On 8 March 2021, following a hearing in the Southport Magistrates Court, a Gold Coast-based jumping castle rental company was found guilty of an offence against section 32 of the Work Health and Safety Act 2011 (the ‘Act’). The prosecution alleged the company, which pleaded not guilty, failed to meet its primary safety duty under section 19(1) of the Act.
The defendant ran a business that rented jumping castles to customers in the Gold Coast region. As part of its business or undertaking, the defendant company employed casual workers to drop off, set up and collect rental jumping castles. The castles were delivered in a truck by the casual workers and were inflated by the workers using either a main power source or a generator, depending on the location.
At the start of each shift, the casual workers would collect a pre-packed Pantec truck together with a ‘run sheet’ containing details of the deliveries or collections for the day. The trucks were pre-packed by a supervisor and were not viewed by the workers prior to their shift.
The casual workers were provided on the job training by the defendant company in the form of a buddy system, where a less experienced worker would be paired with a more experienced worker for a day or so for training. The defendant company had no formal safety training in place for its workers and no specific training in regard to the use or transporting of the generator.
On 10 February 2018, three casual workers were delivering the last jumping castle for the day to a customer at Tallebudgera. All three workers had been employed by the defendant for six months or less, and it was the first day of employment for one of those workers. Upon arriving at Tallebudgera, the workers opened the back doors of the truck and were confronted with the immediate smell of petrol fumes. The workers observed a generator on its side surrounded by a puddle of petrol on the floor. The generator had not been secured within the truck to prevent it from overturning.
In the course of attempting to clean up the petrol, two of the workers climbed into the back of the truck and retrieved the generator. The workers observed a battery hanging off the side of the generator by a wire and observed the petrol cap was loose. One worker attempted to put the battery back into the generator which caused the wires to spark and an explosion in the back of the truck. As a result of the explosion, the two workers suffered significant burn injuries. There was no fire safety equipment on the truck at the time of the incident.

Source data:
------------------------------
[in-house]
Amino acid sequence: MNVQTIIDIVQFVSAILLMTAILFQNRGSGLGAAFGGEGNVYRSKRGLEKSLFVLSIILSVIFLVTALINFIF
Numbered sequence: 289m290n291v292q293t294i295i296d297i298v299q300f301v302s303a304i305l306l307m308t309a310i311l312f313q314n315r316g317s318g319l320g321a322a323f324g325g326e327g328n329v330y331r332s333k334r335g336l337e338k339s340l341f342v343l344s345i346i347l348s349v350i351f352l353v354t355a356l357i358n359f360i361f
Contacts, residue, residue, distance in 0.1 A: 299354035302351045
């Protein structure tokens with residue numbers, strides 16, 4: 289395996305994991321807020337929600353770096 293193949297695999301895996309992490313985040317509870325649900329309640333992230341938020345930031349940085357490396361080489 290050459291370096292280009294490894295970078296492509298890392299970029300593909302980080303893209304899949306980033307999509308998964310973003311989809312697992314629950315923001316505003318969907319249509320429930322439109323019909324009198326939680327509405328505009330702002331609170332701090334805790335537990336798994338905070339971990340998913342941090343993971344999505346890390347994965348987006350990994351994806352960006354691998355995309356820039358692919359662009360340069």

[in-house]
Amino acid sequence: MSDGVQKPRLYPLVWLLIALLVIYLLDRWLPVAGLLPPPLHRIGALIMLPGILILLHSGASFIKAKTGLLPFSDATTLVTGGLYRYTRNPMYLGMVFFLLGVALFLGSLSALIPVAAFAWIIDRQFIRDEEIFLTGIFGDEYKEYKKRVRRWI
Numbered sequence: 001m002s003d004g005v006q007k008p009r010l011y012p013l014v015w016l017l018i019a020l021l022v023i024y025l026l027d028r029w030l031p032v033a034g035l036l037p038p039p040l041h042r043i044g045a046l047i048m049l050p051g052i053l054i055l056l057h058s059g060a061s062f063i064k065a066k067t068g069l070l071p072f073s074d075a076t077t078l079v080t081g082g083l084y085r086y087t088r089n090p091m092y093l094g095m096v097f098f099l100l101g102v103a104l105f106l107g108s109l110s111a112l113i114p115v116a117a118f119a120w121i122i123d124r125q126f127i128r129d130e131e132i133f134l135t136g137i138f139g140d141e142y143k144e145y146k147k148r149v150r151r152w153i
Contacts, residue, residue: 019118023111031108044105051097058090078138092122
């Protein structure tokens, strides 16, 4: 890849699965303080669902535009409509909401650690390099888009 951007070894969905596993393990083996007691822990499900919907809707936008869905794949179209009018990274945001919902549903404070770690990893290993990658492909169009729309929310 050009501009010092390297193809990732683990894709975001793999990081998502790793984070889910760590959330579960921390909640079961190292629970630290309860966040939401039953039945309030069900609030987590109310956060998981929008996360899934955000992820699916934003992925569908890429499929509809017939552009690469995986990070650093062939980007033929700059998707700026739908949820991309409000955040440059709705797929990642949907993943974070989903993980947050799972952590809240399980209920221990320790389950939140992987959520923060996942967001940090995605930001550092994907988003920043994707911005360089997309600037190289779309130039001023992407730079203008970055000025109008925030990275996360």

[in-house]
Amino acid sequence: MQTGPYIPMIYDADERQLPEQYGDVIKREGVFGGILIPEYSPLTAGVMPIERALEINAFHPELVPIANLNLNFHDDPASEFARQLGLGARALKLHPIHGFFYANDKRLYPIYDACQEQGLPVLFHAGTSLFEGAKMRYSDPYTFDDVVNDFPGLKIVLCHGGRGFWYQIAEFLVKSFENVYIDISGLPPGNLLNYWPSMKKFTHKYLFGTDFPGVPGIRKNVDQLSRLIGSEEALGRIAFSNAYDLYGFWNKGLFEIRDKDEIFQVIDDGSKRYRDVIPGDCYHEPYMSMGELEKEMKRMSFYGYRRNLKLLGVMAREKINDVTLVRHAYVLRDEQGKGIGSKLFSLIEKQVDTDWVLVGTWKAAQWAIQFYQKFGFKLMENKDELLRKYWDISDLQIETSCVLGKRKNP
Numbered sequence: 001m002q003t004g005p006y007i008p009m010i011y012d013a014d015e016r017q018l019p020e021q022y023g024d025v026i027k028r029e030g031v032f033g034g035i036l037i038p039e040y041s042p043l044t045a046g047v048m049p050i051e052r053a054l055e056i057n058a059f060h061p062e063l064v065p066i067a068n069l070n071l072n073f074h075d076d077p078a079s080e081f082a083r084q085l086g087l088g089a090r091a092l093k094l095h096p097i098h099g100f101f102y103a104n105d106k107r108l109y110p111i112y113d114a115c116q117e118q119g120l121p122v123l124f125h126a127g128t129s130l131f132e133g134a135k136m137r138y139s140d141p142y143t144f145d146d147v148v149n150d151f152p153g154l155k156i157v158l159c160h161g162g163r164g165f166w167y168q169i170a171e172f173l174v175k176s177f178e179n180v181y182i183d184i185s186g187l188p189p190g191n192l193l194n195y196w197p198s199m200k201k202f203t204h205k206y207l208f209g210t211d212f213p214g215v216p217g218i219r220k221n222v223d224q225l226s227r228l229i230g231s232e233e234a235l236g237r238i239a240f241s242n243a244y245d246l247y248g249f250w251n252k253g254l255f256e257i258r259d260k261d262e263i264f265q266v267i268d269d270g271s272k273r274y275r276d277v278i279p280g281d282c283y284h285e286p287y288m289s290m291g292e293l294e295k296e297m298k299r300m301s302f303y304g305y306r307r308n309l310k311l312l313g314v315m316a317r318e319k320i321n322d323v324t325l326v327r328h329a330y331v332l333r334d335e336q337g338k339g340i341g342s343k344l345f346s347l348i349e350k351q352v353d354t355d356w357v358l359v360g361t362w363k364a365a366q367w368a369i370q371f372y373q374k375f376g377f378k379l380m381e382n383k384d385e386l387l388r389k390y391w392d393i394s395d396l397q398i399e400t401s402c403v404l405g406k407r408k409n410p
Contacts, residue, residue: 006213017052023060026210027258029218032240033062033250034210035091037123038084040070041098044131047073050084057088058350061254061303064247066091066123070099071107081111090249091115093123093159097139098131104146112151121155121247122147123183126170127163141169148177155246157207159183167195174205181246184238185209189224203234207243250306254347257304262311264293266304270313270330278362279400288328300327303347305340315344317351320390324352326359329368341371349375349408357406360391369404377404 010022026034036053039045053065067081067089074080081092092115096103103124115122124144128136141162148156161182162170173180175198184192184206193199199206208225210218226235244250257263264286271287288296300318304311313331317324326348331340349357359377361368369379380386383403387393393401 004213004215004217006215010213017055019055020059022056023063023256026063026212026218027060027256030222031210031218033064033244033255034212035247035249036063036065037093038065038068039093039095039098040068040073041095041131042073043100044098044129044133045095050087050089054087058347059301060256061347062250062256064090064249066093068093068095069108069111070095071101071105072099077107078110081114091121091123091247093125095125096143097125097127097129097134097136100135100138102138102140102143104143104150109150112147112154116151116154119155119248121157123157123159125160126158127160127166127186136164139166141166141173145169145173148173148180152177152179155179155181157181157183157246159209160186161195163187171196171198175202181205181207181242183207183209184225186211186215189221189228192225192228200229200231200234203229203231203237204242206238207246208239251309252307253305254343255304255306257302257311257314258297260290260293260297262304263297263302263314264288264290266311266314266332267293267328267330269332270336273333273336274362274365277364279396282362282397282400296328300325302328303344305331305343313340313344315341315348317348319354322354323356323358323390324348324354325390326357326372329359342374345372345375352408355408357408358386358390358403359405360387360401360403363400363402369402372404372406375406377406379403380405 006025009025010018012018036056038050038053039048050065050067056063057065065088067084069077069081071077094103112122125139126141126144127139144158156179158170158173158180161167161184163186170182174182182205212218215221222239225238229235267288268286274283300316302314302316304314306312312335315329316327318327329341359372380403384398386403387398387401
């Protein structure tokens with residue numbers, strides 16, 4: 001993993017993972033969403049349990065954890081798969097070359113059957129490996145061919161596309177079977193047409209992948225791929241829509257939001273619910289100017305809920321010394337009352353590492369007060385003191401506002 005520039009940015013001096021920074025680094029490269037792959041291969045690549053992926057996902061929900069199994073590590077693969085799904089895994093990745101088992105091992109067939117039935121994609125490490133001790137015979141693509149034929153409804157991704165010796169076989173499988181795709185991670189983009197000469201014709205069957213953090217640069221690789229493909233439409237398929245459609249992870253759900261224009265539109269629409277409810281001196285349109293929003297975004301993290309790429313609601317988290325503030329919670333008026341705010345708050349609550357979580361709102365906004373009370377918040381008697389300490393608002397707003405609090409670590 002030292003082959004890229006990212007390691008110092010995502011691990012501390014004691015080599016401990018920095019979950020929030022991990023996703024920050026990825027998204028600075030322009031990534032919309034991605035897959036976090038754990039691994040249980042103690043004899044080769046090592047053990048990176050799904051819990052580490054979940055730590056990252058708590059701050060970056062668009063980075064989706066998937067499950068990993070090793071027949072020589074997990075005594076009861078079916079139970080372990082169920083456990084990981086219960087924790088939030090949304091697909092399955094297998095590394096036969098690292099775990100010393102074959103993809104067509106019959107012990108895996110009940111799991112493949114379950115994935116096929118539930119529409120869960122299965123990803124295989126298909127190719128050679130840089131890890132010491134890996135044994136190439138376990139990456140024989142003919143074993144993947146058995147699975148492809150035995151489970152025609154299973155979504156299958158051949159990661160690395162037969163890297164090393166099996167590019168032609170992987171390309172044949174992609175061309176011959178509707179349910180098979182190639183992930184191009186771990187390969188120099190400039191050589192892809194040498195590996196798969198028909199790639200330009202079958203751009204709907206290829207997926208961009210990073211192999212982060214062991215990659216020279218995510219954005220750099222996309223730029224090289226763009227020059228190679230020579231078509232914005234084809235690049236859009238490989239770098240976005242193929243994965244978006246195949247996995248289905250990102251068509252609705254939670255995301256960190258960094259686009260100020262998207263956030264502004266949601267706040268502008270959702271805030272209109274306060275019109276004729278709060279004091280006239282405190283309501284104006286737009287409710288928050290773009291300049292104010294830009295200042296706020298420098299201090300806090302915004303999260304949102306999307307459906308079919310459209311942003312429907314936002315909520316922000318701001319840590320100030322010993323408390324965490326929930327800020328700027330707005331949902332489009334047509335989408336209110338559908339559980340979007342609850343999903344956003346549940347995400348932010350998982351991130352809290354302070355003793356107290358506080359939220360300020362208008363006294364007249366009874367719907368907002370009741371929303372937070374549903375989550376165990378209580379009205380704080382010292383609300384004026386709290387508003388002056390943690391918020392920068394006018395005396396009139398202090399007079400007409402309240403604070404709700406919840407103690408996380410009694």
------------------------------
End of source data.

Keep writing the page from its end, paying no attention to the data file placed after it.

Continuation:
A post-incident fire scene examination by the Queensland Police Service found the generator to be the most probable ignition source leading to the explosion and fire, noting the situation present in the rear of the truck caused all three components of the fire triangle to be present (oxygen, fuel source and ignition source). Expert evidence was adduced at the hearing to establish that the generator should have been secured whilst being transported in the truck.
His Honour found the incident arose from a combination of events, including the generator not being secured, the lack of training to the workers and the lack of safety equipment on the truck. His Honour noted that securing the generator would have stopped the incident from occurring and would not have been overly burdensome to the defendant.
In sentencing the defendant, his Honour relied upon the decision in Reynolds v Tailored Adventures Pty Ltd  QDC 150, particularly in relation to objective seriousness.
In mitigation, the learned Magistrate had regard to the effect the penalty may have on the company. His Honour took into account the small size of the company, the impact of COVID-19, which included a halved turnover and less employees, with the number of employees falling from around 25 to 6. The Magistrate also took into account the limited financial assistance provided to the two injured workers by the defendant.
His Honour considered, as an important aspect of specific deterrence, a significant change in management processes and procedures post-incident. This included the purchase of new generators that were fitted with fire safety equipment, the introduction of formal training to workers on fire safety and generator use, and the revamping of the buddy system to include a supervisor signing off on training.
His Honour noted the need for general deterrence, particularly in circumstances where the incident could have been easily avoided. His Honour had regard to the defendant’s otherwise good criminal history, with no previous convictions. The learned Magistrate also had regard to the company having had no safety issues since the incident.
His Honour exercised his discretion not to record a conviction.
OWHSP contact: firstname.lastname@example.org
Sections 32 & 19(1) – Work Health and Safety Act 2011